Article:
What are Museums’ most important needs today?

Geolocation within the museum

For the visitors, it is important to understand how the museum is organized. They want to find their way easily in the museum. When you don’t have a whole afternoon to visit a museum or if you wish to see mostly artifacts from a certain movement or period of time, you need more than just a paper map of the museum. This is a question of practicality: where should I start the visit? Where can I find Gauguin’s paintings? Will impressionism painters be situated in the same room? How can I get back to the main entrance for a break? Is there a room nearby where I can sit down for a bit? Where is the elevator? Those are some of the questions visitors need answers to.

The User Experience

The images above and below are an example of what has been done at the Museum of Fine Arts, in Nantes. The kiosks allow visitors to locate all of the paintings very precisely, as well as to make some specific research.

Enhance the museum’s content

For the museum’s team, who wants to enhance their curators’ work and guide the visitors through their museum collection. This implies the creation of themed tours: family tour, children tour, impressionism tour, 19th century tour, one-hour tour, etc. There are endless possibilities.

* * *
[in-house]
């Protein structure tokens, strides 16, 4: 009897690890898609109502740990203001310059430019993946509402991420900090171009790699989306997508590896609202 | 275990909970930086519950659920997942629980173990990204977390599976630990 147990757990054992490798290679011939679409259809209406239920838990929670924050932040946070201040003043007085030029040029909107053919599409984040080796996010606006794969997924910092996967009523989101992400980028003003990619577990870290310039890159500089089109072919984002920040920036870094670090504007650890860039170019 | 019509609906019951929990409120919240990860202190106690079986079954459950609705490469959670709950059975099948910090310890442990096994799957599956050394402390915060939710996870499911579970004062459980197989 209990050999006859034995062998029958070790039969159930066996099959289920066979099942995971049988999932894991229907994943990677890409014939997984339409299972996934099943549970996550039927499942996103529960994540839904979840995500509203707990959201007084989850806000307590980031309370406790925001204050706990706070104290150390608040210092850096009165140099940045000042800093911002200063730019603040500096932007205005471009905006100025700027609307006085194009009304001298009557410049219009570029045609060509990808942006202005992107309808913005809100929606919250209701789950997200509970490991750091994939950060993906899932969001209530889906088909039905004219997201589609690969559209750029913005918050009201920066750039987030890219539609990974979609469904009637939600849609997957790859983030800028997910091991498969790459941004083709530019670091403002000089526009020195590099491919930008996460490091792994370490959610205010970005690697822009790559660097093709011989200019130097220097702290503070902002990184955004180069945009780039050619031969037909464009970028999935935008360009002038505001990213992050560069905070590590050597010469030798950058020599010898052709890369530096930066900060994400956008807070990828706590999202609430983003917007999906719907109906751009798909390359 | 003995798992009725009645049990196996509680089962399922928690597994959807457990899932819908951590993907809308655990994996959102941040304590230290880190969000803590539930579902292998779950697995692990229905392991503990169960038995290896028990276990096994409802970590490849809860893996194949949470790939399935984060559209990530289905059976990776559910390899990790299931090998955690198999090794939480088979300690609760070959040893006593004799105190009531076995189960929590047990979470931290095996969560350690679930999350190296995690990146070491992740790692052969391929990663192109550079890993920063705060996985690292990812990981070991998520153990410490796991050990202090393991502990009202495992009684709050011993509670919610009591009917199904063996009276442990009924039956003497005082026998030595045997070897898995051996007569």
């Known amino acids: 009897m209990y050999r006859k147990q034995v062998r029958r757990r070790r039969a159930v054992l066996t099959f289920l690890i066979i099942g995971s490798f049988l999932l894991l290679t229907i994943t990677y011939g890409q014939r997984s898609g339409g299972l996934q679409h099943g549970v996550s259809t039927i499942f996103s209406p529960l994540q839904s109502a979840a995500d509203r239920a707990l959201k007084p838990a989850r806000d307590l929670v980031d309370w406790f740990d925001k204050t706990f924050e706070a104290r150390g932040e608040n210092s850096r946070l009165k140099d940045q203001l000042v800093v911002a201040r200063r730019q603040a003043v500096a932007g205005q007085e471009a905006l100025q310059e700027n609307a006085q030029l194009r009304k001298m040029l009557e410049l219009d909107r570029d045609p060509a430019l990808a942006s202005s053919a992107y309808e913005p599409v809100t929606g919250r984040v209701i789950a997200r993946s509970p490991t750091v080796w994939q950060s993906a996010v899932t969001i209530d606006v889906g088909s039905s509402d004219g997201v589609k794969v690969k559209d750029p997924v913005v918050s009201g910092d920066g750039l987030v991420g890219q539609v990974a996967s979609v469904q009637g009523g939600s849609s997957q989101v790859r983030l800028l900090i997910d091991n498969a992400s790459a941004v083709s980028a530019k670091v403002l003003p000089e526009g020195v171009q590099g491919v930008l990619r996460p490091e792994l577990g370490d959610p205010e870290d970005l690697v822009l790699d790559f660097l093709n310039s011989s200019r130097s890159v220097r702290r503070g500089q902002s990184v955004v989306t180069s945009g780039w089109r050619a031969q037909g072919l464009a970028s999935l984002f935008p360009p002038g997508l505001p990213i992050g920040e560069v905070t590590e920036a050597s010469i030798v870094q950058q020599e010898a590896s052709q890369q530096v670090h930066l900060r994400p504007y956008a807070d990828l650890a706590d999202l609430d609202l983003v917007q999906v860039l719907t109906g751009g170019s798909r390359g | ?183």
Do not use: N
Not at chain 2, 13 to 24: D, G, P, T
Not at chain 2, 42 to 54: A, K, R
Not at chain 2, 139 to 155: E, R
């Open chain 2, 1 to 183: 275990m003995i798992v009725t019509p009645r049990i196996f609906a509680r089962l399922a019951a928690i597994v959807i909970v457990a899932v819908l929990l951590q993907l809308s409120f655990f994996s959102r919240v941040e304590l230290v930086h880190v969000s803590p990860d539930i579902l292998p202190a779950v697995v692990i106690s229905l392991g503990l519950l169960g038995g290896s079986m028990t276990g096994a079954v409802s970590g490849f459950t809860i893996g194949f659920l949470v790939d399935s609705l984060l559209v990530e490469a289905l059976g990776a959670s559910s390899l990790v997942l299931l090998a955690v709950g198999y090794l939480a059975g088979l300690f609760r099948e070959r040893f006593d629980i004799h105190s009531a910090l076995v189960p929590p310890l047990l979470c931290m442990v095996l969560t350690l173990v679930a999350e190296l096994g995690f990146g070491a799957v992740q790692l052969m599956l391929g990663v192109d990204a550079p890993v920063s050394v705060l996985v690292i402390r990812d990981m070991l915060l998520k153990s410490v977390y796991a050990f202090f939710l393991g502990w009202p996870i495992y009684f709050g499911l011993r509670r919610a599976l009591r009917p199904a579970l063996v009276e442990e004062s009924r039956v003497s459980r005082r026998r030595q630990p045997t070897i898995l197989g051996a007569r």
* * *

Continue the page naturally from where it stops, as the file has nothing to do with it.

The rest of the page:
As you can see here, a back-office helps to easily organize the data: list of artifacts, a map of the museum, linked to different uses and call-to-actions:

item => point of interest => object => location (reserve or visible: which room) => century => 3D content image recognition=> painting current => AR information, and so on.

These tours can of course be experienced through different devices: tablets, smartphones, i-Phones, specific audioguides, cardboards, etc.

Choosing the right device

It is an important choice, and you need to take into account several specifics. Is Wi-Fi available in the museum, or in the area where people will be using the device? Is the content too heavy to be downloaded? What other possibilities are there when Wi-Fi is not an option? What about the battery? Should there be some devices available for rent in all cases?

AR use

This is an example of how AR can be used for some areas/some contents in the museum with a tablet or a phone. It is the same idea as when creating the tours: the technology is there to serve the content. Although this is very different from a tour: there are many different possible entries, allowing to go deeper into a painting, to literally dive into it thanks to all related elements. It’s all about possible interactions!

Image recognition helps to put some of the museum’s artifacts that are in the reserves forward. Not all of the museum’s artifacts are taken into account; the ones that have been selected are to be discovered through a treasure hunt, a geolocated tour, etc.

One clap, two clap, three clap, forty?

By clapping more or less, you can signal to us which stories really stand out.